Industry, occupation, and exposure history of mesothelioma patients in the U.S. National Mesothelioma Virtual Bank, 2006-2022


Background: Malignant mesothelioma is associated with environmental and occupational exposure to certain mineral fibers, especially asbestos. This study aims to examine work histories of mesothelioma patients and their survival time.

Method: Using the NIOSH Industry and Occupation Computerized Coding System, we mapped occupations and industries recorded for 748 of 1444 patients in the U.S. National Mesothelioma Virtual Bank (NMVB) during the period 2006-2022. Descriptive and survival analyses were conducted.

Results: Among the 1023 industries recorded for those having mesothelioma, the most frequent cases were found for those in manufacturing (n = 225, 22.0%), construction (138, 13.5%), and education services (66, 6.5%); among the 924 occupation records, the most frequent cases were found for those in construction and extraction (174, 18.8%), production (145, 15.7%), and management (84, 9.1%). Males (583) or persons aged >40 years (658) at the time of diagnosis tended to have worked in industries traditionally associated with mesothelioma (e.g., construction), while females (163) or persons aged 20-40 years (27) tended to have worked in industries not traditionally associated with mesothelioma (e.g., health care). Asbestos, unknown substances, and chemical solvents were the most frequently reported exposure, with females most often reporting an unknown substance. A multi-variable Cox Hazard Regression analysis showed that significant prognostic factors associated with decreased survival in mesothelioma cases are sex (male) and work experience in utility-related industry, while factor associated with increased survival are epithelial or epithelioid histological type, prior history of surgery and immunotherapy, and industry experience in accommodation and food services.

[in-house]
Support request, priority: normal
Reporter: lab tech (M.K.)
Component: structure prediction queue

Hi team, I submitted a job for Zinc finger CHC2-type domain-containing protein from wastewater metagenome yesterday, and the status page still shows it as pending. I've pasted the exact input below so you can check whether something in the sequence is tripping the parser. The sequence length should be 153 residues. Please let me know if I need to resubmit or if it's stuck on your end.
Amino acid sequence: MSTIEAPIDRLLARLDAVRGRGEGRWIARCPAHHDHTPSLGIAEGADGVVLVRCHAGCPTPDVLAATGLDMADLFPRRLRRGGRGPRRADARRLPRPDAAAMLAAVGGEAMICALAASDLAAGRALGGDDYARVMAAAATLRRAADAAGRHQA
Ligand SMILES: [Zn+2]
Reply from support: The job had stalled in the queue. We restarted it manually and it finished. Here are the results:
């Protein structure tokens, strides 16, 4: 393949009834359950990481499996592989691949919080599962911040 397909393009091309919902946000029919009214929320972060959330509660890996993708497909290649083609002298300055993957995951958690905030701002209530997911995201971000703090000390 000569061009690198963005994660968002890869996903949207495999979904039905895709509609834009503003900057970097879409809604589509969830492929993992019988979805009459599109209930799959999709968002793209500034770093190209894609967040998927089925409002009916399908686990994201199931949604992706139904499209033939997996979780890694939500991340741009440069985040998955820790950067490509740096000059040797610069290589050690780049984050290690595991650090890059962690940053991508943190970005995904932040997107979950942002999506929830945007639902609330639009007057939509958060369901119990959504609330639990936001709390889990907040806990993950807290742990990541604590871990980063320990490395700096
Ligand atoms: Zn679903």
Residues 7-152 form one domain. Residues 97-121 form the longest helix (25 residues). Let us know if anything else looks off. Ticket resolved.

Conclusion: The NMVB has the potential of serving as a sentinel surveillance mechanism for identifying industries and occupations not traditionally associated with mesothelioma. Results indicate the importance of considering all potential sources of asbestos exposures including occupational, environmental, and extra-occupational exposures when evaluating mesothelioma patients and advising family members.

Authors: Yuhe Gao, Jacek M Mazurek, Yaming Li, David Blackley, David N Weissman, Shirley V Burton, Waqas Amin, Douglas Landsittel, Michael J Becich, Ye Ye
; Full Source: Environmental research 2022 Dec 29;115085. doi: 10.1016/j.envres.2022.115085.